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and together with the 30-days numbers

\begin{array}{| r | r |} \hline \hline \text {Metric} & \text {30 days in Beta} & \text{60 days in Beta} \\ \hline \text {Q per day} & 5.1 & 5.3 \\ \text{% answered} & \text {85%} & \text {84%} \\ \text{avid users} & 38 & 48 \\ \text {total users} & 473 & 730 \\ \text {answer ratio} & 1.9 & 1.8 \\ \text {Visits/day} & 238 & 202 \\ \hline \end{array}

Numbers are rather stable. Questions per day did not dwindle further down, which was my fear 30 days back (but let's admit it, this is partly due to the efforts of a single user which alone has asked $11.3$% of all questions in the main.

I remind that "visits per day" is a median not an average, and 30 days back it was certainly influenced by a specific question. Since then it has gone down to 170 -so the fact that it rose again shows a tendency for the distribution to permanently shift to the right (even though it is still very low of course).

The rate of new-users is $\sim 8-9/\text{day}$, which is low. Moreover, $67$% of the 730 users shown had not any reputation-affecting activity (as always I count users with reputation 1 or 101)...

So, this time around, should I cry "We need more and active users?" And if I were to cry such, what kind of users? Now we arrive to the theme of some of the responses that my earlier "30-days in Beta" post generated: because what I see in the main is mostly undergraduate questions and very general real-world questions, asked by persons that seem to have nothing to do with Economics. They have every right of course, and I would even say that we have every obligation to help people understand the way Economics thinks about the world. And we must realize that the subject matter itself, influencing so much people's lives, will inevitably draw here such kind of attention, regarding current economic events and hoping to get something more than your usual analysis from a columnist in the media. And, whether we like it or not, this is totally consistent with the SE motto: "expert answers to your questions" -note that the motto does not say "expert answers to your expert-level questions"... But I will admit that education and "economic columnism" won't, eventually, be enough -not for me anyway.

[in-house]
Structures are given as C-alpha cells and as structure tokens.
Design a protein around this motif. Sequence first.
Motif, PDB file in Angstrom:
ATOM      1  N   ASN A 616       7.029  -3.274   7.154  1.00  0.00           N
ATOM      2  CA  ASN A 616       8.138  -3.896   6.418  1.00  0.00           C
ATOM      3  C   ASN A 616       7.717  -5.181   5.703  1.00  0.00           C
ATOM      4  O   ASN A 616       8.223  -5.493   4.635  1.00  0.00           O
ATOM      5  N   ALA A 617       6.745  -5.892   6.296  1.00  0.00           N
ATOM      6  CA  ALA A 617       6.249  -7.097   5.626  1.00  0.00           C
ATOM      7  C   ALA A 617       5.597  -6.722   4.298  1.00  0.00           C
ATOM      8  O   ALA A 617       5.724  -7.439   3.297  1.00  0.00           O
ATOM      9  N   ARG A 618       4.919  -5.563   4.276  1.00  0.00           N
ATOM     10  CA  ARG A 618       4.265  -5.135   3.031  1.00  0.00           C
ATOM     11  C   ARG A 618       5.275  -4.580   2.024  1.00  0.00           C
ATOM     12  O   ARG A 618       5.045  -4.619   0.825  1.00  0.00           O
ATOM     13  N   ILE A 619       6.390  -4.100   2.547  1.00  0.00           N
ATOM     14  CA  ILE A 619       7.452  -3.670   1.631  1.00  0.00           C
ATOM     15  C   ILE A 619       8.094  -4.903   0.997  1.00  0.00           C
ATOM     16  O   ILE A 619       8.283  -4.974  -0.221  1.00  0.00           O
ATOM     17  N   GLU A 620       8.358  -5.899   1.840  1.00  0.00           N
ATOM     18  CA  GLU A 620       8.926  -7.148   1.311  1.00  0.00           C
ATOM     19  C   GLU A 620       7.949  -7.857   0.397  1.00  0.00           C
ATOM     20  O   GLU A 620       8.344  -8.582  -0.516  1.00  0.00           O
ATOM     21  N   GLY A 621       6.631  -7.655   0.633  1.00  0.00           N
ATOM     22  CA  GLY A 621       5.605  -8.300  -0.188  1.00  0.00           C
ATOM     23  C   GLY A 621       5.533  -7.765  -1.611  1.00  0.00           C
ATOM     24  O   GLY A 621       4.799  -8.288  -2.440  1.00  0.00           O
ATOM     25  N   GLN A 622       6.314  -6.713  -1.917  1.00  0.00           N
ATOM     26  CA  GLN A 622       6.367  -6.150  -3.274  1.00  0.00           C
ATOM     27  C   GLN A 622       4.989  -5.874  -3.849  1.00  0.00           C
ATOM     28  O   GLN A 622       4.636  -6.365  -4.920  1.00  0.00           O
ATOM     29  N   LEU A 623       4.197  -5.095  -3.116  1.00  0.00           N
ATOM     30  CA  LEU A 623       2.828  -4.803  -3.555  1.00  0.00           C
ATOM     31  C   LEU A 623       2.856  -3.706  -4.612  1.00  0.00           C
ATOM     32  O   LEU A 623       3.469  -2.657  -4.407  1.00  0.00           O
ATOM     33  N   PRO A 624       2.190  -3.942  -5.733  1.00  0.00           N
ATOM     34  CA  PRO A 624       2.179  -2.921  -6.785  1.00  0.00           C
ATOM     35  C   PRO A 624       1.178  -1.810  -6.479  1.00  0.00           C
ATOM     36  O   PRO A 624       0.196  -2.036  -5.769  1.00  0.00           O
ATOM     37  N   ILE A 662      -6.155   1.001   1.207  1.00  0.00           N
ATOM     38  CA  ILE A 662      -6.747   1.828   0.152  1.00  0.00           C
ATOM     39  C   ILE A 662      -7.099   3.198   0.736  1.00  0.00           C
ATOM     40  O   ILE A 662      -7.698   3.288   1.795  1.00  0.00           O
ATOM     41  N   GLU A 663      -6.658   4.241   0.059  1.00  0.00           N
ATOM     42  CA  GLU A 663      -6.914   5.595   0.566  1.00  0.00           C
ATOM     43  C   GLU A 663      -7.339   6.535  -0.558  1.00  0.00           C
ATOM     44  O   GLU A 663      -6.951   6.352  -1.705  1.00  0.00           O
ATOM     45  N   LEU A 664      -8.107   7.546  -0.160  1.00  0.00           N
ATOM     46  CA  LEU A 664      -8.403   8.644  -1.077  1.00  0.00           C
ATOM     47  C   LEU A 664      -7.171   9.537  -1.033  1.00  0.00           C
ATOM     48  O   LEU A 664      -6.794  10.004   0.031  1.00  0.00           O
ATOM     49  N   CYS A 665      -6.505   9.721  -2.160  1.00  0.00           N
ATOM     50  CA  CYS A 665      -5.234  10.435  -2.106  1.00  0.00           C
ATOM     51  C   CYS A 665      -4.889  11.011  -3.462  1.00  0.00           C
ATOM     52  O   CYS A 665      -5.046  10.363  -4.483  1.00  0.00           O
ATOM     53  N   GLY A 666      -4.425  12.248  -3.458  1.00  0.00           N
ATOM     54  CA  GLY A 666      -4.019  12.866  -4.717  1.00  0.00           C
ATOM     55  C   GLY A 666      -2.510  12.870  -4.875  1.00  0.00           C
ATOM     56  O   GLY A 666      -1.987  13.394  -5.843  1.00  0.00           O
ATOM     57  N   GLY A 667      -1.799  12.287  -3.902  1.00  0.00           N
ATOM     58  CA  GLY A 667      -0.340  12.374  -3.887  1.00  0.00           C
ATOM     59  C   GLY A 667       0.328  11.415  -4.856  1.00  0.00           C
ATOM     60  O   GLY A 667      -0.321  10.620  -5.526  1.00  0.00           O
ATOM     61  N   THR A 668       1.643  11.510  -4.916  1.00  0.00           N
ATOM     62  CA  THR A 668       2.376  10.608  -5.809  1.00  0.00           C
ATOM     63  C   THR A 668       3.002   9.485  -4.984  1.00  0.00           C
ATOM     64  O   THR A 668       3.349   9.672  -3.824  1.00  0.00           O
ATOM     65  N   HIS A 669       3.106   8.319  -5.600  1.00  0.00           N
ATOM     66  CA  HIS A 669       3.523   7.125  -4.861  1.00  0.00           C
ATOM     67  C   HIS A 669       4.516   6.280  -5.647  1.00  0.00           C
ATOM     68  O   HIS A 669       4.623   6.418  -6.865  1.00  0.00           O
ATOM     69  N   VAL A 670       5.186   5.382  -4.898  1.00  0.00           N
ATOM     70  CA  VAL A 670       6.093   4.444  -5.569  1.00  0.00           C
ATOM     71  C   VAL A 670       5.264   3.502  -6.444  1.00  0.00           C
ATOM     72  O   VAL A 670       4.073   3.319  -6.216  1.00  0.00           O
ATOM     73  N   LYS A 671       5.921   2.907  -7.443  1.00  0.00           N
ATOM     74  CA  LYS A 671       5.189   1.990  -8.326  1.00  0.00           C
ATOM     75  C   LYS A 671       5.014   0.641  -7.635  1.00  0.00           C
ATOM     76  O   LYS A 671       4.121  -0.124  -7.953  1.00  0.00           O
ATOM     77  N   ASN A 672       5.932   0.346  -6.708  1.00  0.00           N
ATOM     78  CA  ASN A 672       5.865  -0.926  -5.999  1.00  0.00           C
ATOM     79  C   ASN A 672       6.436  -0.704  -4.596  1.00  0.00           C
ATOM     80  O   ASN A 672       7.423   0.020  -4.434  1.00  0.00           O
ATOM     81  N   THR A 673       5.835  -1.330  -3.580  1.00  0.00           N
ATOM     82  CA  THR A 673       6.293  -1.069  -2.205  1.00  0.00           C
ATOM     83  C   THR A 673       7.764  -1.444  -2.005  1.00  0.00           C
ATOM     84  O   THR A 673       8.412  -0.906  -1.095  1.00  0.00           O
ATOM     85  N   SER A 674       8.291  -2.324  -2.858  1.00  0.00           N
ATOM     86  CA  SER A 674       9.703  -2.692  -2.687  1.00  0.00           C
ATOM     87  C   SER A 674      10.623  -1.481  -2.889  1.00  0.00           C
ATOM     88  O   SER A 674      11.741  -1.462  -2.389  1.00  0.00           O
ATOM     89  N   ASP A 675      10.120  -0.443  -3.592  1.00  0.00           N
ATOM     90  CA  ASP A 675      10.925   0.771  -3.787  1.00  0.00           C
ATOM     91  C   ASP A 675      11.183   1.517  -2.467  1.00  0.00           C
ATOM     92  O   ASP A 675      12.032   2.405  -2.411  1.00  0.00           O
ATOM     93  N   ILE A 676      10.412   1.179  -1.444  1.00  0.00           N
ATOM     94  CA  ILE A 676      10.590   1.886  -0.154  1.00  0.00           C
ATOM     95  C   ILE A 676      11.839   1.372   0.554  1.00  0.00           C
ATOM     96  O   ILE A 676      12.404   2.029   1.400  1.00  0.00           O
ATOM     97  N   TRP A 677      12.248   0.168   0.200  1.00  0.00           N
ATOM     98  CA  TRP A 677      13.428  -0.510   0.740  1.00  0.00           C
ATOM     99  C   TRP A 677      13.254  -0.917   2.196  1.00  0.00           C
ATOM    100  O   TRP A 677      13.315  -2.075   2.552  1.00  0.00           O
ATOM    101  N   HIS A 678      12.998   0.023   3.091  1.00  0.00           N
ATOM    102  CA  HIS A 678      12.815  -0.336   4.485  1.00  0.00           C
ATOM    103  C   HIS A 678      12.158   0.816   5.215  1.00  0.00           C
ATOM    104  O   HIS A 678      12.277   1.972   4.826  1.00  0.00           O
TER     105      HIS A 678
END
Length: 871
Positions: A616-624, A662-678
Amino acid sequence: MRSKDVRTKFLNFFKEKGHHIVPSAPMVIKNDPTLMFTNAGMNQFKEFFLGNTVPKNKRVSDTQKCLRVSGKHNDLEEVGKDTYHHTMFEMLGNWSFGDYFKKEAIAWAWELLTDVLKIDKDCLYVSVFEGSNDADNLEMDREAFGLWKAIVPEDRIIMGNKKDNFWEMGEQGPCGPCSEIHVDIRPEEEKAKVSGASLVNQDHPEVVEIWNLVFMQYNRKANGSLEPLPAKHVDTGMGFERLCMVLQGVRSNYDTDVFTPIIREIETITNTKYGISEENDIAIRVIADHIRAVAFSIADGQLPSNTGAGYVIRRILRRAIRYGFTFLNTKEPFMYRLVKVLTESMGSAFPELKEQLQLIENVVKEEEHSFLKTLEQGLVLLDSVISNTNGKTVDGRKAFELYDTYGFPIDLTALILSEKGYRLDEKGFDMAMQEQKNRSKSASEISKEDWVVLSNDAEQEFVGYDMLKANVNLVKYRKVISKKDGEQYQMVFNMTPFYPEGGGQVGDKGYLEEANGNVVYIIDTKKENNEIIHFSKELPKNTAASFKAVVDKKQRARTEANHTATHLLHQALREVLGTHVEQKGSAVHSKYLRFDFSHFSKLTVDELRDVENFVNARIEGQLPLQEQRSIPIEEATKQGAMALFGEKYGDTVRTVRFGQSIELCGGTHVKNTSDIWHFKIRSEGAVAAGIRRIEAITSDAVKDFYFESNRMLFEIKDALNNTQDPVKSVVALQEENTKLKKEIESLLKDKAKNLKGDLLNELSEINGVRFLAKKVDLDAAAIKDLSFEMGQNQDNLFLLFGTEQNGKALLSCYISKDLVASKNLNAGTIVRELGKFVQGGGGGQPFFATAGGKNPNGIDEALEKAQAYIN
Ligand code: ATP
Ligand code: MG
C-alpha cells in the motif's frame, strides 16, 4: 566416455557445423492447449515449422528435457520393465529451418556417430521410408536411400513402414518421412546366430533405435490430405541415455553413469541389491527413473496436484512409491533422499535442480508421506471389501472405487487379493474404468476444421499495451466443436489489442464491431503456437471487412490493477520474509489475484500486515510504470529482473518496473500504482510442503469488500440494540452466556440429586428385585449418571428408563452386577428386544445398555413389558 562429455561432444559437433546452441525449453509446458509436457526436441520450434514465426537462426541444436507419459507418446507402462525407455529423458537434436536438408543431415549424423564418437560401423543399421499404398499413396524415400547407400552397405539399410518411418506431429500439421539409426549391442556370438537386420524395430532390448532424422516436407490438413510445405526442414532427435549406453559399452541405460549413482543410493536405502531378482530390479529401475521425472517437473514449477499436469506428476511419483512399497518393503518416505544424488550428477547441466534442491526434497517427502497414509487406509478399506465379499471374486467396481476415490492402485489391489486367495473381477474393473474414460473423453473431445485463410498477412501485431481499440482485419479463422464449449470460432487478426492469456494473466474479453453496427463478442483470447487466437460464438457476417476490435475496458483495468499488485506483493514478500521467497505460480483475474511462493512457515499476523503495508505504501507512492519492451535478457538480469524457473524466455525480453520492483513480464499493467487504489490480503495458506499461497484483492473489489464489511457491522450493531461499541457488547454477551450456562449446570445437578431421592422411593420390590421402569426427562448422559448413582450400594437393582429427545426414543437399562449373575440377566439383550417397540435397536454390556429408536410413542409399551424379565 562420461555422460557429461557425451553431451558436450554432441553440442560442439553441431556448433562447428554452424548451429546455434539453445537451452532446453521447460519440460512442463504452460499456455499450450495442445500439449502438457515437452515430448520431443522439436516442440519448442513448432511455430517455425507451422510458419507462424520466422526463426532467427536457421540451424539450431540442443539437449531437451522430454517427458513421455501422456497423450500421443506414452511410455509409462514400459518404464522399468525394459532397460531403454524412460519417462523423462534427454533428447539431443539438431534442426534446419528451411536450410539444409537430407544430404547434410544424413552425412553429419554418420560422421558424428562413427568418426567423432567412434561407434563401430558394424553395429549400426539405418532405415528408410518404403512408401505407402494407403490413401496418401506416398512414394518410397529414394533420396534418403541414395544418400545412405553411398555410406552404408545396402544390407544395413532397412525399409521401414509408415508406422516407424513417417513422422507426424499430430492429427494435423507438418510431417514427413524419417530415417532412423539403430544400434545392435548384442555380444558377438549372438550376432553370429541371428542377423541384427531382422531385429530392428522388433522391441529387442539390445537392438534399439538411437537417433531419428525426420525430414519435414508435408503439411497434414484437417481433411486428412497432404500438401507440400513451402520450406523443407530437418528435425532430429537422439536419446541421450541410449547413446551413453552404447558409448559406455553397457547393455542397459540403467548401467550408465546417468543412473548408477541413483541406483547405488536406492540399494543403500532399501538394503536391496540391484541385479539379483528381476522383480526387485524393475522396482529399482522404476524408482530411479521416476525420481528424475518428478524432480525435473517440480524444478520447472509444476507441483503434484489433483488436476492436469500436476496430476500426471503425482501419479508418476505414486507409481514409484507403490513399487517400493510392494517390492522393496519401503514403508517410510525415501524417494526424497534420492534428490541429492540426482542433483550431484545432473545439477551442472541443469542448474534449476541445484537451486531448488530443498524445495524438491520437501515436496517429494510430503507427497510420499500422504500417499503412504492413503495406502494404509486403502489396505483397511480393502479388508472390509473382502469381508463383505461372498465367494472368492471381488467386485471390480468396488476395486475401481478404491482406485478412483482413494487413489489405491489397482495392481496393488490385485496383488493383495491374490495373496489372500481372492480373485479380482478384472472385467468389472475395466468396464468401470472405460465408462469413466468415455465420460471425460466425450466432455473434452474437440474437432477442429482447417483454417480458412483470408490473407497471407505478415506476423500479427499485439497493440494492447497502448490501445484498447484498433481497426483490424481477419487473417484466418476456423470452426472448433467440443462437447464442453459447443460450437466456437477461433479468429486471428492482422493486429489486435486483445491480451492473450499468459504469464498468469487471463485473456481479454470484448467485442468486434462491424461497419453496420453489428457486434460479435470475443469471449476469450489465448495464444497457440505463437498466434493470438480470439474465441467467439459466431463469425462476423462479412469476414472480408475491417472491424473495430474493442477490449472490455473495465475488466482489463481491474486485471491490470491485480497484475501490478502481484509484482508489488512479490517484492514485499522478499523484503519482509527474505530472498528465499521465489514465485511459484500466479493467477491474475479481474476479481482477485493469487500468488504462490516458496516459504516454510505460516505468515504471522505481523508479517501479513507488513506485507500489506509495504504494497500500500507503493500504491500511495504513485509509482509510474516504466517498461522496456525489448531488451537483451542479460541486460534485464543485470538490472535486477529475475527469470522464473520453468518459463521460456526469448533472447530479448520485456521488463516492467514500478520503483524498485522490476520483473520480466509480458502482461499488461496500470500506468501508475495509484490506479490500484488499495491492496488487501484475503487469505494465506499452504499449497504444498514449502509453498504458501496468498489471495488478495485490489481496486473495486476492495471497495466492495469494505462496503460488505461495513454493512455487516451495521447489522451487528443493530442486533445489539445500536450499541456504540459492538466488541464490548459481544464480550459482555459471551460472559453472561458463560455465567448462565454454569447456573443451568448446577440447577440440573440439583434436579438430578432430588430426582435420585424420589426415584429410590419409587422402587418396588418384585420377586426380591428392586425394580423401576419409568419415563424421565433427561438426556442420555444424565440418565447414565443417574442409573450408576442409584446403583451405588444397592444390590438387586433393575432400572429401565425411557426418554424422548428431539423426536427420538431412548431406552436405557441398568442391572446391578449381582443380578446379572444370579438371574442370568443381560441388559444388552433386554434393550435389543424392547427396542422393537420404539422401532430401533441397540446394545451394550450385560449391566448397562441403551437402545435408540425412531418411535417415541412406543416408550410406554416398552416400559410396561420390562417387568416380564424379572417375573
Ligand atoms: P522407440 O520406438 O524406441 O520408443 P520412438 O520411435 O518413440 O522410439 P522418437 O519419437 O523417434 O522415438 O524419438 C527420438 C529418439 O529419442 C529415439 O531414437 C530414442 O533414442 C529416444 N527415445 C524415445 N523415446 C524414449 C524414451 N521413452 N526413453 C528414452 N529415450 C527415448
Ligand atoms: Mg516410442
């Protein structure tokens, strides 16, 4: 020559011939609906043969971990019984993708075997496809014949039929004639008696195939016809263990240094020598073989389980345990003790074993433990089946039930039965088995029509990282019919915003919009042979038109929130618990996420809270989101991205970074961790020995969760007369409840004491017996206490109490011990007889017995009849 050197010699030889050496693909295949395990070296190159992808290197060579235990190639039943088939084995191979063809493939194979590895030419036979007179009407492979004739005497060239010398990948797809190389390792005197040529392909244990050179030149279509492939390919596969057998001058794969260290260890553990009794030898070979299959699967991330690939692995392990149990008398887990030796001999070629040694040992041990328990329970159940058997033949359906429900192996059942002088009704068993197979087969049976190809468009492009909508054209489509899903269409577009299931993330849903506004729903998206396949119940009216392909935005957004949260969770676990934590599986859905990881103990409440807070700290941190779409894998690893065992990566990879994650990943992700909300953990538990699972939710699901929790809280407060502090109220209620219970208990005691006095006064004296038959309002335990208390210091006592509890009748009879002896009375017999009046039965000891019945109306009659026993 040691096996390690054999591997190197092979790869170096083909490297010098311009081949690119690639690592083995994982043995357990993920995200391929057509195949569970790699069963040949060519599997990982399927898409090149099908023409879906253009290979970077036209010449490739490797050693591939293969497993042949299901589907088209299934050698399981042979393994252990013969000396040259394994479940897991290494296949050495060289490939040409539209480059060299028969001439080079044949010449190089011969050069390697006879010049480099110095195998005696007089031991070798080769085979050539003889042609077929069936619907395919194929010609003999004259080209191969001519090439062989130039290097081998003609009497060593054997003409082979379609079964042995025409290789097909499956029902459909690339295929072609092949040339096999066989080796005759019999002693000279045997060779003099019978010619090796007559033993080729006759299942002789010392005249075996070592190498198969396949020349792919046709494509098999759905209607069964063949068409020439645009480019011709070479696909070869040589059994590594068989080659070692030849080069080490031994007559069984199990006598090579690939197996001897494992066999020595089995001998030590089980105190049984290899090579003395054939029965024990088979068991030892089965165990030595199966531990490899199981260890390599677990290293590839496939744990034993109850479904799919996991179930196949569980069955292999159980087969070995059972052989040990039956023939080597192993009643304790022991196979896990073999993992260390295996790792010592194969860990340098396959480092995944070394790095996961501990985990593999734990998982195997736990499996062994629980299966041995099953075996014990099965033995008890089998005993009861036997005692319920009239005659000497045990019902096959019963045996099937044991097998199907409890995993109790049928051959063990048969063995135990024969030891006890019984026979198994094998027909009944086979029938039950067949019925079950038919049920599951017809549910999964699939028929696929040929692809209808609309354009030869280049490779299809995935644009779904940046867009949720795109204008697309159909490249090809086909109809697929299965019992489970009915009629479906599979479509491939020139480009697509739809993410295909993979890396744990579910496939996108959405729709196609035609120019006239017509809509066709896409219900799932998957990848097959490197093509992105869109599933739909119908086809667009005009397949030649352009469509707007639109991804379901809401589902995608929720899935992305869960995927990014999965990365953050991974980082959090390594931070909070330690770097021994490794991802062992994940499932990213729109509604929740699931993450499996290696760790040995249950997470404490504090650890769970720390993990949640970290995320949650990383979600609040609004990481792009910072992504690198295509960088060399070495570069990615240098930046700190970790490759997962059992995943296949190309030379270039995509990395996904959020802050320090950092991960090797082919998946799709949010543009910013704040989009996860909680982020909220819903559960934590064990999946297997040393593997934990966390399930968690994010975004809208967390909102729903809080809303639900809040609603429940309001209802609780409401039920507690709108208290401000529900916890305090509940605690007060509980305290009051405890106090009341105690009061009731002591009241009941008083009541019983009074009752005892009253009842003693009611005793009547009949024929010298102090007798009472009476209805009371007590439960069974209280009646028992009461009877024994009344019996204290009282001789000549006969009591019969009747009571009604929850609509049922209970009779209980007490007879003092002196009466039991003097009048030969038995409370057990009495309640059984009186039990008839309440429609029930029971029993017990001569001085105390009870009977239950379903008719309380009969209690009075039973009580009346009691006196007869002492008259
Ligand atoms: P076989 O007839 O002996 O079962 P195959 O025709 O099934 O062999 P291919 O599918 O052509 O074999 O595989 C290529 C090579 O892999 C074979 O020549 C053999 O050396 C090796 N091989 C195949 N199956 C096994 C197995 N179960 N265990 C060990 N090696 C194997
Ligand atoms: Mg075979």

The numbers seem to hold, and my feeling is that this site does not face the danger of being obliterated any time soon by SE. So its character will have the chance to develop. And, aren't we in an on-line world started by developers?

  • $\begingroup$ Thanks Alecos, excellent post! $\endgroup$
    – Ubiquitous
    Commented Jan 18, 2015 at 17:52
  • $\begingroup$ If Economics isn´t relevant for everybody´s lives, then there´s something seriously wrong somewhere. $\endgroup$
    – Lumi
    Commented Jan 19, 2015 at 2:00
  • $\begingroup$ @Lumi in the same manner are physics, chemistry, biology... $\endgroup$
    – FooBar
    Commented Jan 19, 2015 at 8:30
  • $\begingroup$ @FooBar - not really. Economics is the discipline which studies in its various forms the organisation of society. It gets lost in its own arguments sometimes that living and breathing people are being talked about as 'homogenous labour inputs'. $\endgroup$
    – Lumi
    Commented Jan 19, 2015 at 20:03

2 Answers 2


I'll extend my comment to an answer:

Start/keep advertising the site especially to first and second year grad students. These are the people with the many good questions, and in case of the second-years, also with some time on their hands.

Also, if you get people hooked up at the start of their grad studies, they most likely will tend to stay on the site. Similar reason as to why all the brands/supermarkets try to become the pregnant woman/couple's #1 choice - young families tend to change brands quite seldom.

  • 3
    $\begingroup$ Maybe one thing that could be done is to have TAs and profs encourage students (grad students) to use the site to figure out classwork. $\endgroup$
    – jmbejara
    Commented Jan 20, 2015 at 9:46

So, this time around, should I cry "We need more and active users?"


For this site to grow and flourish, we need an active community. From that community, questions, answers, and site-graduation will grow. Like you, I believe that we're in no danger of being obliterated by our benign overlords: as long as the site ticks over, and maintains itself, with little need for the involvement of SE staff, and no risk to the brand, we'll be given lots and lots of time to bloom and grow.

And if I were to cry such, what kind of users?

Economics graduates, economics postgraduates, researchers, govt and industry economists.

Our near-market is probably, but not necessarily, already active on the web, and comfortable with the idea of a website as an area of two-way interaction between people.

They might participate in forums, and be getting a bit jaded by how the same discussions keep coming round again and again: the Stack Exchange ethos of labelling, closing and redirecting duplicates might appeal to them: answer the question once canonically, then always refer back to that.

They might participate in discussion groups, but be a bit put off by frequent lapses away from civil discourse, in which case the Stack Exchange ethos of firm moderation and maintenance of the golden rule of "be nice" will appeal.

And remember, vote early, vote often.

  • $\begingroup$ An important part of increasing the number of active and avid users is voting. There seems to be very little voting happening right now. $\endgroup$
    – jmbejara
    Commented Jan 28, 2015 at 7:36
  • $\begingroup$ @jmbejara q.v. meta.economics.stackexchange.com/a/20/44 $\endgroup$
    – 410 gone
    Commented Jan 28, 2015 at 10:02

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